Flow cytometry analysis of cell cycle and apoptosis induced by 5-FU
Cell cycle was analyzed by seeding NIH3T3-flagOVA66 and NIH3T3-mock cells at 1×106 cells in a 60-mm dish and allowing the cells to attach for 6 h in growth medium supplemented with 10% FCS. Medium was then changed to growth medium supplemented with 0.5% FCS, maintained for 24 h, and then changed back to growth medium supplemented with 10% FCS for another 24 h. Cells were then trypsinized; cell suspension was prepared in 1.5-ml ice-cold PBS. Absolute ethyl alcohol (2 ml) was added and fixed on ice, followed by washing with PBS, and blocking with 50 μl PBS containing 1% BSA and 0.1% (v/v) Triton X-100 with added RNase (1 mg/ml). Suspension was incubated for 30 min at 37°C before adding 40–50 μl PI (250 μg/ml) away from light for 15 min. Cells were detected in a Becton Dickinson FCM.
NIH3T3-flagOVA66 and NIH3T3-mock cells were plated into 6-well plates and cultivated to 70–80% confluence; 5-FU was added at a concentration gradient of 0–400 μg/ml and maintained for another 24 h or 48 h. Cells were harvested and apoptosis was detected using Annexin V-FITC Apoptosis Detection Kit (BD).
MTT assay and cloning formation assay
The MTT assay assessed proliferation of NIH3T3-flagOVA66 and NIH3T3-mock cells. Both the NIH3T3-flagOVA66 and NIH3T3-mock cells were plated in a 96-well plate at 5×103 cells per well. Cells were cultivated for 24 h in growth medium supplemented with 0.5% FCS, which was then exchanged with growth medium supplemented with 10% FCS for seven days. Every 24 h, a batch of cells was added with 20 μl MTT solution (5 mg/ml; Sigma) and incubated at 37°C for 4 h. Culture medium was then removed and 200 μl DMSO was added to each well. Crystals of MTT-formazan were dissolved by shaking the plate at room temperature for 10 min. Absorbance was measured on a microplate reader (Bio-Rad) at 570 nm. Cell growth curves were measured according to absorbance of 570 nm on days 1–7. Each group was done in triplicate.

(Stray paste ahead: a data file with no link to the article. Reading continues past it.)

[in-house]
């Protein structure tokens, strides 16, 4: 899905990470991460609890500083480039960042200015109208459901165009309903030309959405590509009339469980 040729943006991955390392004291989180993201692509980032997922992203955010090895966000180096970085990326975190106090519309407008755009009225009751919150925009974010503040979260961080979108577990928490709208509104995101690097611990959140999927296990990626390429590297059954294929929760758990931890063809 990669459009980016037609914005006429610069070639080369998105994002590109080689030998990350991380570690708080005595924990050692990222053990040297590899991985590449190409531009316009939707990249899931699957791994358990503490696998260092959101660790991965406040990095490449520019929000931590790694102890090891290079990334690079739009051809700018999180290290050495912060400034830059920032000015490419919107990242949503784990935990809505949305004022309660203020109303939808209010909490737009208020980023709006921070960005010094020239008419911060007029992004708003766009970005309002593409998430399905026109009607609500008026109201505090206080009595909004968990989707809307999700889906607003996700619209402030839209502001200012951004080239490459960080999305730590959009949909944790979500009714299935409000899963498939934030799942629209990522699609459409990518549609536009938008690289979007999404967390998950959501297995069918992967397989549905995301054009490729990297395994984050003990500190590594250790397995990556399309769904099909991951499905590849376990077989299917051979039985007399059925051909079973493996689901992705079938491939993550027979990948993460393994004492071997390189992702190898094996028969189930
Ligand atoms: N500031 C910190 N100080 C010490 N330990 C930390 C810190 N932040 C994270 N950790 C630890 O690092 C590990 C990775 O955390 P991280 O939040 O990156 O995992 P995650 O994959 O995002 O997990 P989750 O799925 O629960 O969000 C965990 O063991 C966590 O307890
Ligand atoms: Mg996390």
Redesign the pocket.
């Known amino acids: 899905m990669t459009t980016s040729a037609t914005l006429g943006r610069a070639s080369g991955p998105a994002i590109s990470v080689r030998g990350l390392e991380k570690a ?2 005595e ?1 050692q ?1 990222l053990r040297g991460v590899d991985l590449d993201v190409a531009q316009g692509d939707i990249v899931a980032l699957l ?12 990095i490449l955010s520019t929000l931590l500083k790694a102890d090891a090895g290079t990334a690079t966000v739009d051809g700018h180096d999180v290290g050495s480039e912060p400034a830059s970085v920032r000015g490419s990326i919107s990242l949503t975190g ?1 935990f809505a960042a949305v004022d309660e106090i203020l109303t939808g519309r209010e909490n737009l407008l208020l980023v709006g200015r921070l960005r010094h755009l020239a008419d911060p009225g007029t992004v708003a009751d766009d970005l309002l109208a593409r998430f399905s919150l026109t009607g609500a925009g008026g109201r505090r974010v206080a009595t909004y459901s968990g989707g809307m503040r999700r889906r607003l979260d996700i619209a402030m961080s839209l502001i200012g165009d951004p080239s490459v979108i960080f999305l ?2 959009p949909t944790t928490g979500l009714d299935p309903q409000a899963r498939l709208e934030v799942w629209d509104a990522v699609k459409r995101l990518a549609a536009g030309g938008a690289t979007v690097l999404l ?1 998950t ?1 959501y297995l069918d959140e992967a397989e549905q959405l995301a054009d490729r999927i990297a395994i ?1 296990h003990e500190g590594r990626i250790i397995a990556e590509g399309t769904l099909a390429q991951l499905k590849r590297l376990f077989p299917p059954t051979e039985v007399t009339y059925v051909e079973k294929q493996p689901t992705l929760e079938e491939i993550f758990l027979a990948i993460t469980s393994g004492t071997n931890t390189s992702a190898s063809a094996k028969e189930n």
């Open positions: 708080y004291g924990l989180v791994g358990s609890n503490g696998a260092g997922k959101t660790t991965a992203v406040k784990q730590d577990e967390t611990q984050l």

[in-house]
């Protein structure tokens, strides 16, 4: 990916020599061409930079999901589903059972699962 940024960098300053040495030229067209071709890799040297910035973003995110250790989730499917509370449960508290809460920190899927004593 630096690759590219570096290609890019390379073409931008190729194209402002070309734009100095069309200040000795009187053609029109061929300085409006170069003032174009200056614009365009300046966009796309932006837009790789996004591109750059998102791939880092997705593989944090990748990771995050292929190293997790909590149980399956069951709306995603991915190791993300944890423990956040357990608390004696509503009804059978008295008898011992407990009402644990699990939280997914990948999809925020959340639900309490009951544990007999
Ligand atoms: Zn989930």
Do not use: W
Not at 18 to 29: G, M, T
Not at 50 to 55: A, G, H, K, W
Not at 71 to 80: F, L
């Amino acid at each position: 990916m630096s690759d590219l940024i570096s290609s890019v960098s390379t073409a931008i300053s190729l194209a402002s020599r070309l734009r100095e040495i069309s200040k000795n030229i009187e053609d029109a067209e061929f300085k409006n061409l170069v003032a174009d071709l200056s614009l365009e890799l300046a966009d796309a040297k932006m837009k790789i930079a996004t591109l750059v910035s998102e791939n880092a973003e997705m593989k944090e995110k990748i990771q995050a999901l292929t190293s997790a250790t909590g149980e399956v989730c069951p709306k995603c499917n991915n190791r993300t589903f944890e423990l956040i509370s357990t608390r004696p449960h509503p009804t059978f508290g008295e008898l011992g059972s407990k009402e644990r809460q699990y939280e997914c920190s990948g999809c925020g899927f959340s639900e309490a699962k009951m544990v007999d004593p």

A plate colony formation assay determined the capacity of cells to form colonies. NIH3T3-flagOVA66 and NIH3T3-mock cells were plated in 6-well plates at 0.4×103 cells per well in growth medium supplemented with 10% FCS and incubated at 37°C for 2 weeks. Culture medium was changed every 3–5 days. After 2 weeks, cells were fixed in a phosphate-buffered saline (PBS) solution containing 4% paraformaldehyde, for 30 min on ice and stained with 0.2% crystal violet for 10 min at room temperature. The foci were counted. These experiments were conducted in triplicate in three sets.
In vitro wound healing assay and cell migration assay
Cells were plated at 2×105 cells/well in 6-well plates, and cultivated in growth medium supplemented with 10% FCS until a monolayer formed. The monolayer was then scratched with sterilized pipette tips and the length of the scratch was recorded under a microscope. After washing with growth medium, cells were cultivated with growth medium supplemented with 10% FCS for 24 h. The length of the scratch was recorded and calculated under a microscope. The relative scratch width means the ration of wound area at 24 hr/wound area at 0 hr. Experiments were conducted in triplicate for three sets.